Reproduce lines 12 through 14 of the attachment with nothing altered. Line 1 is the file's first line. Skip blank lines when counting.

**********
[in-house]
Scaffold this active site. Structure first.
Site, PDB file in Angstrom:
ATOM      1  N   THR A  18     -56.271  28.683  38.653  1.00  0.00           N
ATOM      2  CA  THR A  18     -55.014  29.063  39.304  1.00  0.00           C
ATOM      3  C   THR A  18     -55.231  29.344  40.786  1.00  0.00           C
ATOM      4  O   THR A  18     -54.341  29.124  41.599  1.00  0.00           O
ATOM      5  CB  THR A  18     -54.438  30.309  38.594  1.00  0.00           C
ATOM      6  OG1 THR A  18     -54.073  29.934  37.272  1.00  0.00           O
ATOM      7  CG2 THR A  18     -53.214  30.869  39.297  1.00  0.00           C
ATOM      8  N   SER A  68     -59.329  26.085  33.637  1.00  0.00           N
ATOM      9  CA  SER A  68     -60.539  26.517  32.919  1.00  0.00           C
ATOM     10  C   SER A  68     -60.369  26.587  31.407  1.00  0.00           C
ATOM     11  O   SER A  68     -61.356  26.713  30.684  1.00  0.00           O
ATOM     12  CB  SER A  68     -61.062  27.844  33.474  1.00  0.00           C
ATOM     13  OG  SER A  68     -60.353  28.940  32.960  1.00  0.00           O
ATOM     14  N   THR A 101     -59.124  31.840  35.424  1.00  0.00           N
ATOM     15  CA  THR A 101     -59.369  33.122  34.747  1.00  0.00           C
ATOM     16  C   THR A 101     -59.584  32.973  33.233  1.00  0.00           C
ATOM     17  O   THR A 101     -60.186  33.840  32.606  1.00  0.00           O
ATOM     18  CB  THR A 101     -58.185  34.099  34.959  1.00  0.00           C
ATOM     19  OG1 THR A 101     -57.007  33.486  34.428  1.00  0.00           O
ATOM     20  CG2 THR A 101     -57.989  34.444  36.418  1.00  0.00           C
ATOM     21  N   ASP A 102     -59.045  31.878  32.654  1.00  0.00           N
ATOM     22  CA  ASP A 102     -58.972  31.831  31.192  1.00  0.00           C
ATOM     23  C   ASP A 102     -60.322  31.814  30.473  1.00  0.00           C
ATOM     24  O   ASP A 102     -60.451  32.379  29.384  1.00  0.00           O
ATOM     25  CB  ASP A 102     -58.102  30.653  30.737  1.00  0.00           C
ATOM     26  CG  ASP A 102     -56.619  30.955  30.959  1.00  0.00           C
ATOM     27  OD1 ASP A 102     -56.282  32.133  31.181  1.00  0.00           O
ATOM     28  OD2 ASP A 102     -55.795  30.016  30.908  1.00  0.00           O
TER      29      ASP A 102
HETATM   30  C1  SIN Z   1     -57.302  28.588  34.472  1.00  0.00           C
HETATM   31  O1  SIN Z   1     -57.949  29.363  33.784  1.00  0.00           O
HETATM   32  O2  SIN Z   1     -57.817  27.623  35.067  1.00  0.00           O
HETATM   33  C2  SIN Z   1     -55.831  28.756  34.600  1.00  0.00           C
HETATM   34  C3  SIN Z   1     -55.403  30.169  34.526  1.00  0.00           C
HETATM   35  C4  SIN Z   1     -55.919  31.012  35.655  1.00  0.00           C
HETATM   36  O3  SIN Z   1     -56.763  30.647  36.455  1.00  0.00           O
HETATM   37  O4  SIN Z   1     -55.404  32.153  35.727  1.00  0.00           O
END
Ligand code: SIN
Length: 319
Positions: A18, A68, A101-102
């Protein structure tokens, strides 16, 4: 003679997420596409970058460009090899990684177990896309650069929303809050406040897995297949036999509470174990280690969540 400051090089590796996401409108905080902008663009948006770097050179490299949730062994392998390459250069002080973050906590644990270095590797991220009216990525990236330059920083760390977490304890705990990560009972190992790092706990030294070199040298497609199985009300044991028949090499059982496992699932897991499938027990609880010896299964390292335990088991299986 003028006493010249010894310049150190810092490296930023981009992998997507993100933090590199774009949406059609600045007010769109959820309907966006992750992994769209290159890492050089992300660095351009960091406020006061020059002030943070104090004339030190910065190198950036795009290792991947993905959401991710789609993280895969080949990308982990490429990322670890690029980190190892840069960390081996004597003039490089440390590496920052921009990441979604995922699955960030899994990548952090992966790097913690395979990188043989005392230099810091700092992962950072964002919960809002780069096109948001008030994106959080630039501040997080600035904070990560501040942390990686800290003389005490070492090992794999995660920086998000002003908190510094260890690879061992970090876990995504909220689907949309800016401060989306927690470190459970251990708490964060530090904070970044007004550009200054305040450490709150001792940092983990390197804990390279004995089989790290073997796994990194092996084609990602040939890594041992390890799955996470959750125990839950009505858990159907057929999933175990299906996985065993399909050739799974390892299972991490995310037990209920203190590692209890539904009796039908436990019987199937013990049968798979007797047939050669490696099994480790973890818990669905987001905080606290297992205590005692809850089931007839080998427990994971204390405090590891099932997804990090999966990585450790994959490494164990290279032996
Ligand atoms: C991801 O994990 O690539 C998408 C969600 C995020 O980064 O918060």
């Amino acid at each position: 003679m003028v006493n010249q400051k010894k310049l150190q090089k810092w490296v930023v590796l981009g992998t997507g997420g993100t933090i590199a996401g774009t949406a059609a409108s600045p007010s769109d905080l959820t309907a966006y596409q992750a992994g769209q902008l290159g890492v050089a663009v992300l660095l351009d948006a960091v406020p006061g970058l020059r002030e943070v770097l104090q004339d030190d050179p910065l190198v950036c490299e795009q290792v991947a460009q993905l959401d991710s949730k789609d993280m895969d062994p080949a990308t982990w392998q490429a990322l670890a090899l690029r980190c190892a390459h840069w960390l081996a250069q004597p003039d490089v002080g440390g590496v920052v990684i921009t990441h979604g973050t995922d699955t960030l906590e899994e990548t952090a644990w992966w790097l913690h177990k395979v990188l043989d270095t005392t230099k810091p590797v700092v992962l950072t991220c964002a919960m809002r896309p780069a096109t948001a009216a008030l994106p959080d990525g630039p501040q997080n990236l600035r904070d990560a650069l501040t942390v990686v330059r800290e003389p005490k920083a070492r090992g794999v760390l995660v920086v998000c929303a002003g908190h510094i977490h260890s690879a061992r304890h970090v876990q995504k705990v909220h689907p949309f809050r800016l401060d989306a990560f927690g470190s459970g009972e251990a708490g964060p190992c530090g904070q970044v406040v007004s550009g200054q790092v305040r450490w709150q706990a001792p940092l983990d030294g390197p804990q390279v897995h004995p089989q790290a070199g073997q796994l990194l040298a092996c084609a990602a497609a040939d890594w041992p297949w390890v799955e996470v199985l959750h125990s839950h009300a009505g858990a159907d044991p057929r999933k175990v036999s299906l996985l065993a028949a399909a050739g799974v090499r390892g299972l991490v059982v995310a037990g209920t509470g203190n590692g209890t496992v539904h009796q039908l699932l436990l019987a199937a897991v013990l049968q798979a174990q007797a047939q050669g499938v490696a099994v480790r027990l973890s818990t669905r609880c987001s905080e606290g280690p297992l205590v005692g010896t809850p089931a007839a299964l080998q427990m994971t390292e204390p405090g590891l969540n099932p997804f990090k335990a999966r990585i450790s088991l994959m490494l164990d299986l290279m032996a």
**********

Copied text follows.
ATOM      9  CA  SER A  68     -60.539  26.517  32.919  1.00  0.00           C
ATOM     10  C   SER A  68     -60.369  26.587  31.407  1.00  0.00           C
ATOM     11  O   SER A  68     -61.356  26.713  30.684  1.00  0.00           O